Identifying Emotional Sensitivity: While a man might tell you to push through anxiety and at times this may work effectively for a person, the point of this article is to demonstrate how we can harness our unwanted emotions and use them as tools while climbing. Instead of simply pushing through your feelings, try doing the opposite — let your body feel. The next time you experience anxiety, allow it to take over. Climb to a safe spot, like a bolt or a piece of protection if you’re leading, hang on the rope, and let your body go limp. Observe what anxiety feels like and what it does to you. Do your palms sweat? Does your heart race? Once you’ve accepted these things, feed into the root of the emotion. When we’re anxious, we’re actually in a state of heightened sensitivity because our bodies are imagining an interpreted fear. You can use this emotional sensitivity to your advantage while climbing — but the first step is identification. Because humans, especially women, can’t just turn off their feelings — it’s more effective to utilize them.
Practice Makes Perfect: It’s best to practice these skills with a trusted partner who’s both willing to let you take your time and also encouraging. Some women find that pairing with other women allows for the most effective process — but to each their own. Once you can identify your anxiety and the way your body reacts to it, focus your attention elsewhere, more precisely, on the route in front of you. Redirect your energy to identifying the next hand and foot hold and work through the underlying sequence in your head. This redirection of energy has probably already started to quell your anxiety, but don’t let it go completely. Use your heightened state of emotional sensitivity to carry you through the climbing sequence — which is likely to be performed with more grace and ease than would have been present without it. Be mindful of your body’s symptoms and do your best to manage these before making a move: if your palms are sweating, dry them with chalk. If your heart is racing, take deep breaths to slow it. When you feel calm enough without having completely let go of your anxiety, channel this emotional sensitivity and make your move. But don’t stop at one move and let the feelings flood you all over again — let this first movement carry into the next one, and then the next, until you’re soaring up the wall with ease.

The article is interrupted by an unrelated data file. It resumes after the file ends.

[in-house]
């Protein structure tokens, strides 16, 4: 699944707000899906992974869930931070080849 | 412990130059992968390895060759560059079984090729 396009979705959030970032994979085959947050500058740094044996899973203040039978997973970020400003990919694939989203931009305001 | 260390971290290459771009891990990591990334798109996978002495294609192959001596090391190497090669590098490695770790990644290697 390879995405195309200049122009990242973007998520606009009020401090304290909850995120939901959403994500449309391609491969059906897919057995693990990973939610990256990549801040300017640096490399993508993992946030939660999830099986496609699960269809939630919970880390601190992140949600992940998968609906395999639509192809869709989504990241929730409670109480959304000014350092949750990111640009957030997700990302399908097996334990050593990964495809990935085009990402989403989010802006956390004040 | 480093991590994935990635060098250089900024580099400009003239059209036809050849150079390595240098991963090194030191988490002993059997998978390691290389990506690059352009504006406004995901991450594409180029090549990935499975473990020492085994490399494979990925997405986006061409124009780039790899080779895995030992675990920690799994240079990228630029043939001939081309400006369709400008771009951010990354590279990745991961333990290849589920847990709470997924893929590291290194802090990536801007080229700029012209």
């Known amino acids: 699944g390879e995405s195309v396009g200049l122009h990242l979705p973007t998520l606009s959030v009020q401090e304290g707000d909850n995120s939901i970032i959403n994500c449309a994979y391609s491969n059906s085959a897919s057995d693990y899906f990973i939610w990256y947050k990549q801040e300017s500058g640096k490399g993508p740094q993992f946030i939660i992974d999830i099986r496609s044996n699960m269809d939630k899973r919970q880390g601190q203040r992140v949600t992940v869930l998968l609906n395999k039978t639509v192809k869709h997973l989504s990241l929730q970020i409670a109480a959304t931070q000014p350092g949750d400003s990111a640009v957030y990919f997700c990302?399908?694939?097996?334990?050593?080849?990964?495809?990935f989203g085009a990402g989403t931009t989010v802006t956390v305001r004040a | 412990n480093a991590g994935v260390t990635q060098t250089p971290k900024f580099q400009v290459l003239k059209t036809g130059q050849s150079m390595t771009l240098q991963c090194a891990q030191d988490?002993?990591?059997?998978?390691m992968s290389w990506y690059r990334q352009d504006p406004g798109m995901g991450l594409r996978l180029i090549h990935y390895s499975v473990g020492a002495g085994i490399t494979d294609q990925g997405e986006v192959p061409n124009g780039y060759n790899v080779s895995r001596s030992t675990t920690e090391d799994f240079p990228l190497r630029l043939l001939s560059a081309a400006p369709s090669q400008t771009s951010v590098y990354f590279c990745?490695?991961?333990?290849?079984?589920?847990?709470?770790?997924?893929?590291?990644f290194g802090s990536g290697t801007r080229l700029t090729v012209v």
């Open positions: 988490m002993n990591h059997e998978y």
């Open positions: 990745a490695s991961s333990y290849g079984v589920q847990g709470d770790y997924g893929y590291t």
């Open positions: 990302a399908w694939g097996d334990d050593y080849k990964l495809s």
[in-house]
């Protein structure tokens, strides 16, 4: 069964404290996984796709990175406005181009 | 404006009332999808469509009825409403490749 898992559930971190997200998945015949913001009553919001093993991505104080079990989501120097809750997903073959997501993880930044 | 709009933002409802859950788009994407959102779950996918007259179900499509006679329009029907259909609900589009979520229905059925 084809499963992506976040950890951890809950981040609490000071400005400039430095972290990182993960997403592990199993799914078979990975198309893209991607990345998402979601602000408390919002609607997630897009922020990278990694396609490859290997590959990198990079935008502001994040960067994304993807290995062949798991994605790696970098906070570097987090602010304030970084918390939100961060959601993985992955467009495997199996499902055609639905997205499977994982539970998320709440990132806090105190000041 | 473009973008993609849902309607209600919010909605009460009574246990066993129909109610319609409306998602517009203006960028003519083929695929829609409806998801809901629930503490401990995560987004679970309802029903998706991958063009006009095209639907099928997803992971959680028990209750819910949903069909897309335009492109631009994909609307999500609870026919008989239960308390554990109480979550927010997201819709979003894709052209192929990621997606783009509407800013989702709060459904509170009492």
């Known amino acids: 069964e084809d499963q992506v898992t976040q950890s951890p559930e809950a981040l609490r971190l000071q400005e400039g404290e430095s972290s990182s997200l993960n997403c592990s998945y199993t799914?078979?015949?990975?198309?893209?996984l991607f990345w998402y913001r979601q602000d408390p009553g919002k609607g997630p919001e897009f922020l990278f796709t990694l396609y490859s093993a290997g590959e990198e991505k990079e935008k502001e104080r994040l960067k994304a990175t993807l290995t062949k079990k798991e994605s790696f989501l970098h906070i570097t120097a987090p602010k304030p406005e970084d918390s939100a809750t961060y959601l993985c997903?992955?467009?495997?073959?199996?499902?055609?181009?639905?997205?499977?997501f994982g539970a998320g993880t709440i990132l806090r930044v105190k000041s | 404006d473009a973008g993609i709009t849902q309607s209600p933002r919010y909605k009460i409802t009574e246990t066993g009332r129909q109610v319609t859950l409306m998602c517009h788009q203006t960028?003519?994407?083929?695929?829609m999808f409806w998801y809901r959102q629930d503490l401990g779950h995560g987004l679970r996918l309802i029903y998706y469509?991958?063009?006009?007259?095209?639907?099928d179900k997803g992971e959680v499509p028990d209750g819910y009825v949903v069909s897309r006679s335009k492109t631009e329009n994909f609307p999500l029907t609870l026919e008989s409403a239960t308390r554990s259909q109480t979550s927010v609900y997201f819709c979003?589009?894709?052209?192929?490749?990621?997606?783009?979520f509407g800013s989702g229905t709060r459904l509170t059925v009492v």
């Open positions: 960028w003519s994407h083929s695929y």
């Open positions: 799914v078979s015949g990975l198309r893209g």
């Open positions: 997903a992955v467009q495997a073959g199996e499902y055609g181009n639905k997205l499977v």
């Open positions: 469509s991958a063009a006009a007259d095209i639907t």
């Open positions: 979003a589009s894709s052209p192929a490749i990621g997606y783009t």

Using a woman’s heightened emotional sensitivity is a great tool for dealing with anxiety — but while on paper it might sound easy, in real life it’s much more difficult. It’s important to recognize this challenge like you would recognize any physical challenge in climbing — as a work in progress. The hardest thing about this tool is that it only applies to situations of duress. If you don’t ever get anxious while climbing indoors, you won’t be able to practice this indoors. If you only get anxious while leading, you won’t be able to practice this on top-rope. Take these limitations into consideration and don’t be too hard on yourself when it takes longer than you had anticipated to master this skill. Above all else, be sure reach out to other female climbers and share this knowledge — because companionship is one of the things we desire most about the sport of rock climbing.